#WomanoftheHour #JaneLythell #Review

Woman of the Hour

Meet Liz Lyon: respected TV producer, stressed out executive, guilty single mother.

Liz works at StoryWorld, the nation's favourite morning show. The opening section of the book concentrates on how Liz struggles to juggle that holy grail of the work and life balance. She lives with her teenage daughter; a fraught and strained relationship which means home is not always that much of a sanctuary after a long challenging day managing egos and office politics!

At work Liz is responsible for turning real life stories into thrilling TV while at the same time making sure that none of the scandal, gossip, competition and unpleasantness that is going on back stage finds it way in front of the camera. At times it feels as if the life Liz is leading is more sensational than the stories she researches which has got to reflect something ironic about the nature of our vicarious obsession with other people's dramas!

Liz is a likeable character. She is competent, successful, intelligent, focused but also flawed and the relationship with her daughter allows us to see another layer of her character. Making her a mother means we get to see her in a totally contrasting situation and a more emotional and softer light. Lythell's writing is so authentic and convincing that I could feel myself flopping on the sofa next to Liz and feeling her frustration, anxiety, concerns and exhaustion at the end of a long working day, topped off with the challenge of managing a loaded conversation with an angst ridden teen! Therefore I think by the time I got to the last page I was delighted to see the recipe for Liz's flapjacks and macaroni cheese! Liz loves comfort food and is particularly fond of cheese so it was a nice touch to see this added in the back pages.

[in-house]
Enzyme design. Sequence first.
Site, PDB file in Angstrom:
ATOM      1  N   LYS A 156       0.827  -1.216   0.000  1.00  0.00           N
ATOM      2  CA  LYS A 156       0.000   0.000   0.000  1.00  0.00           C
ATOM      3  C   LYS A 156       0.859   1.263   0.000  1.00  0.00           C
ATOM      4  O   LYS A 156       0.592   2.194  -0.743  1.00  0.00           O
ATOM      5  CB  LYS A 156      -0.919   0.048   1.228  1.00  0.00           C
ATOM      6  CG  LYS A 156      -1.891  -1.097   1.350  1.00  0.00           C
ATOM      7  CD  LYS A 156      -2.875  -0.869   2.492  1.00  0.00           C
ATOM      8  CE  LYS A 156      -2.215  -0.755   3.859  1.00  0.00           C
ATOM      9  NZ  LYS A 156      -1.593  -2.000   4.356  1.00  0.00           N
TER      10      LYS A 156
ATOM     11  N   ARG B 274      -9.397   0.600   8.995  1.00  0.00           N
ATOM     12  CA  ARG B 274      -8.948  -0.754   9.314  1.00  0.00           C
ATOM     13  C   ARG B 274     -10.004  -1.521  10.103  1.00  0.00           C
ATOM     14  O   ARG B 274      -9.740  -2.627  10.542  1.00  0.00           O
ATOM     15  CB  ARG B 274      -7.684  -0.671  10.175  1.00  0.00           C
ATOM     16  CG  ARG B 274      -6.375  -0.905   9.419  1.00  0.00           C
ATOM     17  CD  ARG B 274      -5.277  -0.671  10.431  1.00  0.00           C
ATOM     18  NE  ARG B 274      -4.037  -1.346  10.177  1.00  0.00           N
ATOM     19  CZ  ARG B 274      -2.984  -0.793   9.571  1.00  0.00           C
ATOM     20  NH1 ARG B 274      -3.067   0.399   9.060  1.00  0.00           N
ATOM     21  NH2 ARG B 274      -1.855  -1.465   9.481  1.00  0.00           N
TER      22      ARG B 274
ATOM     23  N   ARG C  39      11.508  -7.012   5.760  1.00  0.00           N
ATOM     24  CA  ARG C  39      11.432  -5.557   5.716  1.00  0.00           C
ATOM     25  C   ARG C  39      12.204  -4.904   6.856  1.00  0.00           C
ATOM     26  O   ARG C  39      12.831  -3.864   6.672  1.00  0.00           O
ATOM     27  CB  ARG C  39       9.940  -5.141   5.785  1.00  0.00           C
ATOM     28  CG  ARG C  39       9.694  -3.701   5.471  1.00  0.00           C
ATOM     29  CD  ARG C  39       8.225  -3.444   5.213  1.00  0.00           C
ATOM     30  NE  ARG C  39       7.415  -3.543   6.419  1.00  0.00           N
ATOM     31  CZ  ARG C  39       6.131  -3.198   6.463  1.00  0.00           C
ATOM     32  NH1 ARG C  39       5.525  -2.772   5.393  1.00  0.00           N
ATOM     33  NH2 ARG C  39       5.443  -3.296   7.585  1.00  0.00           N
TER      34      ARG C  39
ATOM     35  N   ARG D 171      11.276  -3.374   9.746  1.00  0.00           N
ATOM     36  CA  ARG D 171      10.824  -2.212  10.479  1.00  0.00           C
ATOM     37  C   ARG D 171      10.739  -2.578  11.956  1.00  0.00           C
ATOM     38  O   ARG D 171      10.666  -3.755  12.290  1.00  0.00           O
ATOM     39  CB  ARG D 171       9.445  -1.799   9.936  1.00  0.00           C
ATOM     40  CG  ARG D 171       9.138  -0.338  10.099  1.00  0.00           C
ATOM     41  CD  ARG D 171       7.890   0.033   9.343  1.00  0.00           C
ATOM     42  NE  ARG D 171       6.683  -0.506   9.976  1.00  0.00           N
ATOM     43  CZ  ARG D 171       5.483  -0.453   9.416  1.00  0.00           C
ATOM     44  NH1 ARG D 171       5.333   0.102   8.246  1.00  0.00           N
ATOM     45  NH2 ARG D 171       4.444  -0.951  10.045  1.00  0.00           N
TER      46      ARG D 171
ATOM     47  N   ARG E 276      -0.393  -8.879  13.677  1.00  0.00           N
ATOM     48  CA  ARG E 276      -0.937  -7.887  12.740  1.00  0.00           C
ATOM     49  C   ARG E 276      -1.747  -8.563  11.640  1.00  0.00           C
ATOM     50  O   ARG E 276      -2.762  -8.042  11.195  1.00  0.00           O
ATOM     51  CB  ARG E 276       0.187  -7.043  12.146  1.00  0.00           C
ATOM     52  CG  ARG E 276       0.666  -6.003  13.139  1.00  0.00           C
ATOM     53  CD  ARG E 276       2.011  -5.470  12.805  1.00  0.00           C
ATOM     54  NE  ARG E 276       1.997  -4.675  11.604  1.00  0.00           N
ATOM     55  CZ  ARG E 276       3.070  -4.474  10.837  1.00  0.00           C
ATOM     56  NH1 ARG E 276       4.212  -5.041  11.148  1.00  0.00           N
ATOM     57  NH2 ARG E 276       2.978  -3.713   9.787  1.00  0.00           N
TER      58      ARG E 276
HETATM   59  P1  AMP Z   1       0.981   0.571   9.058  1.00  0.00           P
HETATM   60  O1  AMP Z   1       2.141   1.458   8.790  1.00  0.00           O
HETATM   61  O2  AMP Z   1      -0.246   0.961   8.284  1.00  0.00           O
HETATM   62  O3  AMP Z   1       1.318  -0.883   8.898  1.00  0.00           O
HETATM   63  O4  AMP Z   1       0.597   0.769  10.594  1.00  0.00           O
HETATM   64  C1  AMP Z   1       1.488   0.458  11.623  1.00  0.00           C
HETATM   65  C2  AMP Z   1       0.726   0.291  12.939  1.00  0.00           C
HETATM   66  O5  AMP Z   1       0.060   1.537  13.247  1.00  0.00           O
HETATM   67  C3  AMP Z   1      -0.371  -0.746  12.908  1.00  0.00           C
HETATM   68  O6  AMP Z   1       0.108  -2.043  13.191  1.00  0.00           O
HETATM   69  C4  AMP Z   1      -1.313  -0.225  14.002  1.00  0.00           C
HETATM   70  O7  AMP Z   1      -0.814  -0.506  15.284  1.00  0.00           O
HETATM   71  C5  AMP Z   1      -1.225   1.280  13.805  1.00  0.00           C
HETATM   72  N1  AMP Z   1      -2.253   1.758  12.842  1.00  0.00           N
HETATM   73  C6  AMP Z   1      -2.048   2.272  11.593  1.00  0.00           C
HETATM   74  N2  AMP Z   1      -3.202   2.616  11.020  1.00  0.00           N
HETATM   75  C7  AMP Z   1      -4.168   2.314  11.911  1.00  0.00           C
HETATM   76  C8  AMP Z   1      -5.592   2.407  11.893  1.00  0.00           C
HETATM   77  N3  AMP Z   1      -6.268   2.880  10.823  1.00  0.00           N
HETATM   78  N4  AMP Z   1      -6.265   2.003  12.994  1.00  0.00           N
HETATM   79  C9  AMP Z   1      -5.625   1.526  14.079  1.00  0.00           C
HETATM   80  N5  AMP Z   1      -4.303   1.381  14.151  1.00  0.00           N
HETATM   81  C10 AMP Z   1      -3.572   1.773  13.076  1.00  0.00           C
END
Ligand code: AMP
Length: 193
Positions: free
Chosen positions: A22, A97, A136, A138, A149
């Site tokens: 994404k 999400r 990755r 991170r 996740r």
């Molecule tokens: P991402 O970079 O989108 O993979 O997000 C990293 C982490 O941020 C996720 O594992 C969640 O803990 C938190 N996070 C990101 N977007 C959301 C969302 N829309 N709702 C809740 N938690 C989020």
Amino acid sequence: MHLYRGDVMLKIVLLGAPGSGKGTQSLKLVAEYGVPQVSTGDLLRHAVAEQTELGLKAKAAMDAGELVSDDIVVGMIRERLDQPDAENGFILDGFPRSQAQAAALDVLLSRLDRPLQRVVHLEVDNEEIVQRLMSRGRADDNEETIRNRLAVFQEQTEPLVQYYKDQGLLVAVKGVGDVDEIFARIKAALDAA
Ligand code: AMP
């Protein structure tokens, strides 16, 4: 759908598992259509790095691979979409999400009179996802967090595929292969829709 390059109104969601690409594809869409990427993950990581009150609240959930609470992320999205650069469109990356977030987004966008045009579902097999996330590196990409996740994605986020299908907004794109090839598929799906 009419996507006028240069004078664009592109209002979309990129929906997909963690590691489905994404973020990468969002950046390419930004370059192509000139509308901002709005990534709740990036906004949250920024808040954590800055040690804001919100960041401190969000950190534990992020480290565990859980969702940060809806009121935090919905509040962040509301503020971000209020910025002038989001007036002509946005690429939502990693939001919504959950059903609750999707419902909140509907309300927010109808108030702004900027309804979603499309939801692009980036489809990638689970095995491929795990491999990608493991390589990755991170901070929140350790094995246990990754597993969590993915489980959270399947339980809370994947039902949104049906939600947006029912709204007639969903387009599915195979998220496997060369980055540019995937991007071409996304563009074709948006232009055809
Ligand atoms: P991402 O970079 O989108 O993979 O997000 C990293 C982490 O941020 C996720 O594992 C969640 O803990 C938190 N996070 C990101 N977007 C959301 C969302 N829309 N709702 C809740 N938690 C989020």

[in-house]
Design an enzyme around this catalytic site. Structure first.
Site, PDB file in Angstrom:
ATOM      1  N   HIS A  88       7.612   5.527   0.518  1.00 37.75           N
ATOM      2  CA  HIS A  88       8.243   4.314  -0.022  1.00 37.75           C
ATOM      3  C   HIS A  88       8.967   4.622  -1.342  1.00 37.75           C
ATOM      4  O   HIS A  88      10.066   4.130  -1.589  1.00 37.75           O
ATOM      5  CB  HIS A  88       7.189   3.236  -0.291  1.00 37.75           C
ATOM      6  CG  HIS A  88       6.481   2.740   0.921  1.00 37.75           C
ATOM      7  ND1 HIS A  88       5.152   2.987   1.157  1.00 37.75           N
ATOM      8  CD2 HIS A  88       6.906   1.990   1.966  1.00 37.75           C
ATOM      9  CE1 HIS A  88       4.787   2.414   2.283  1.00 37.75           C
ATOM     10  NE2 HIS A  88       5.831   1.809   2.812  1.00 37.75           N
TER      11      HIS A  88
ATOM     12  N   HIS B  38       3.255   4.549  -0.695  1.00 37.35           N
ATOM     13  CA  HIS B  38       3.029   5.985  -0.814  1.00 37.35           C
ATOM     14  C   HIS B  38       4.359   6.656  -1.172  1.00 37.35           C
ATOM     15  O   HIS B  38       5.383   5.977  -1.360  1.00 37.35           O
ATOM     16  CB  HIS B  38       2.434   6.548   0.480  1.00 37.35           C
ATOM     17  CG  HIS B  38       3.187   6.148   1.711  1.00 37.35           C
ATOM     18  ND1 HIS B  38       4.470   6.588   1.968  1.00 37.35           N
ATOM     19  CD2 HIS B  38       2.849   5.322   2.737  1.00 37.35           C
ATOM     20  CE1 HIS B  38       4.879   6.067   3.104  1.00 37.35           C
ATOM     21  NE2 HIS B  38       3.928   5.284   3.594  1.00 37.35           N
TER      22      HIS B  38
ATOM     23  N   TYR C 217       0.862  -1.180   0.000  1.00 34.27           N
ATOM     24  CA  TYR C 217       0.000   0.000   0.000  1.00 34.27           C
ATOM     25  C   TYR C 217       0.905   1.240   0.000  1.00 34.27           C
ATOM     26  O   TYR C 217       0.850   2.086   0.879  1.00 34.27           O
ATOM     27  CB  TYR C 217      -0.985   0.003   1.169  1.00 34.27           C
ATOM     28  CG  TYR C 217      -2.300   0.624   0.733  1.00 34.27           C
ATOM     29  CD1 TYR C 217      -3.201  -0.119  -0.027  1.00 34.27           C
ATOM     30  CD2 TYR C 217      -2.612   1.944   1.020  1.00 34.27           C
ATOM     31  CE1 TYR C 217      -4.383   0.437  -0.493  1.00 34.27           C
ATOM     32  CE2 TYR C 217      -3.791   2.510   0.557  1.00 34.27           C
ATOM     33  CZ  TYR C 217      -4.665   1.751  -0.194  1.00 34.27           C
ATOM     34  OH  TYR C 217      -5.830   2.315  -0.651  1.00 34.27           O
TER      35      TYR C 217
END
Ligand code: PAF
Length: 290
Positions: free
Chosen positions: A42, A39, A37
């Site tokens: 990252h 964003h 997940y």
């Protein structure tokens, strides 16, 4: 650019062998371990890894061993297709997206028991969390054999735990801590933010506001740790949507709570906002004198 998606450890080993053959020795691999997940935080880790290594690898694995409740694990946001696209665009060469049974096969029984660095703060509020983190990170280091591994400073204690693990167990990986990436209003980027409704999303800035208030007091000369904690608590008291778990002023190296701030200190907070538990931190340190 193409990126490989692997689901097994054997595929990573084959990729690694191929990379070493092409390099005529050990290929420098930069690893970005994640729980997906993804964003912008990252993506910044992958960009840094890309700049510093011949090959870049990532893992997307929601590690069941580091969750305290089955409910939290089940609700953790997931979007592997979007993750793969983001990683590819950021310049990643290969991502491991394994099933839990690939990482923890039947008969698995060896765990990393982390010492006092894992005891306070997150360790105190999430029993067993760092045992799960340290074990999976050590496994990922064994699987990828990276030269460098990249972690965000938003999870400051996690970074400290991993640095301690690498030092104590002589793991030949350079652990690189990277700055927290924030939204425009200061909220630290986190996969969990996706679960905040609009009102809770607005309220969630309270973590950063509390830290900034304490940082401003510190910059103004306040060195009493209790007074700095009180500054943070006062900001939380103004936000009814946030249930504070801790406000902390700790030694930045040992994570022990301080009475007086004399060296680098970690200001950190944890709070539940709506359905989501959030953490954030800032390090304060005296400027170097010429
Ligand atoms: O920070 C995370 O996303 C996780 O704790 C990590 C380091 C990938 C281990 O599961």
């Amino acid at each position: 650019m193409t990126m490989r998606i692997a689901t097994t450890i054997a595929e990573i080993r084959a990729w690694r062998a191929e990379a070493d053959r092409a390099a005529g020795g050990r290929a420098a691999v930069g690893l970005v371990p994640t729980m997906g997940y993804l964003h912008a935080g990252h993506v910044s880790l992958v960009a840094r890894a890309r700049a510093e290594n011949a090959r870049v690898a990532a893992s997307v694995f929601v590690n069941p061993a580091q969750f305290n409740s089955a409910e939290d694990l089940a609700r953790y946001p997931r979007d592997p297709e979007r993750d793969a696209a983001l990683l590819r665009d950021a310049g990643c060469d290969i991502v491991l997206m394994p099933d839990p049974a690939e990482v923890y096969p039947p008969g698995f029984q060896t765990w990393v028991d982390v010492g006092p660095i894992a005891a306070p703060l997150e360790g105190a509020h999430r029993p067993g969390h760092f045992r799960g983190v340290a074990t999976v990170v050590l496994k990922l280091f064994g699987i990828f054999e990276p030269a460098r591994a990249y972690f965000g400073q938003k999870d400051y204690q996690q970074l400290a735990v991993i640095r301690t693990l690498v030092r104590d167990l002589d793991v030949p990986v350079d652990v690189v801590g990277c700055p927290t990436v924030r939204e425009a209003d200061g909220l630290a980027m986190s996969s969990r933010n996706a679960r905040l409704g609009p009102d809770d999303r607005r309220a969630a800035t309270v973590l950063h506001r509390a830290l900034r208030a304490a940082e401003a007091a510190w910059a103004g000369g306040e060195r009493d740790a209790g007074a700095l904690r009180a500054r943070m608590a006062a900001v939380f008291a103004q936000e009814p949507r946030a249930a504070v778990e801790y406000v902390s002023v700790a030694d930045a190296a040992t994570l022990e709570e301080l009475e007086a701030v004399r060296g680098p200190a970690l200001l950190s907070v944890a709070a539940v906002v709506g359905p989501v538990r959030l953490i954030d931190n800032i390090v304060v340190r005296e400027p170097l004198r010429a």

Half way through the novel something happens which changes everything and irrevocably complicates Liz's life at work. It introduces a darker, more sinister theme into the novel, adds more tension and also raises questions about things that happen at work and the misuse or abuse of positions of responsibility. It also raises questions about women in the workplace. It adds a much more serious edge to Lythell's novel which again pushes Liz to become the person she has always had the potential to become.

On the surface this book seemed to be about career women and women in the office. Lythell's evocation of the TV studio and Liz's colleagues is very well established. The characters all feel three dimensional and are engaging. There are lots of novels that write about TV shows, office politics and working women but perhaps with a more comedic voice or with characters who are a little bit more caricatured. Woman of the Hour doesn't do this. It feels much more realistic and honest. Lythell captures the pace, stress, business, endlessness of that to-do list, the strain of having to please people, appease people and constantly find the strength to fight the feuds and disagreements over how the stories should be presented to the audience very well. The reader cannot help but feel empathy for Liz when she finally crashes on the sofa at the end of the day, utterly depleted!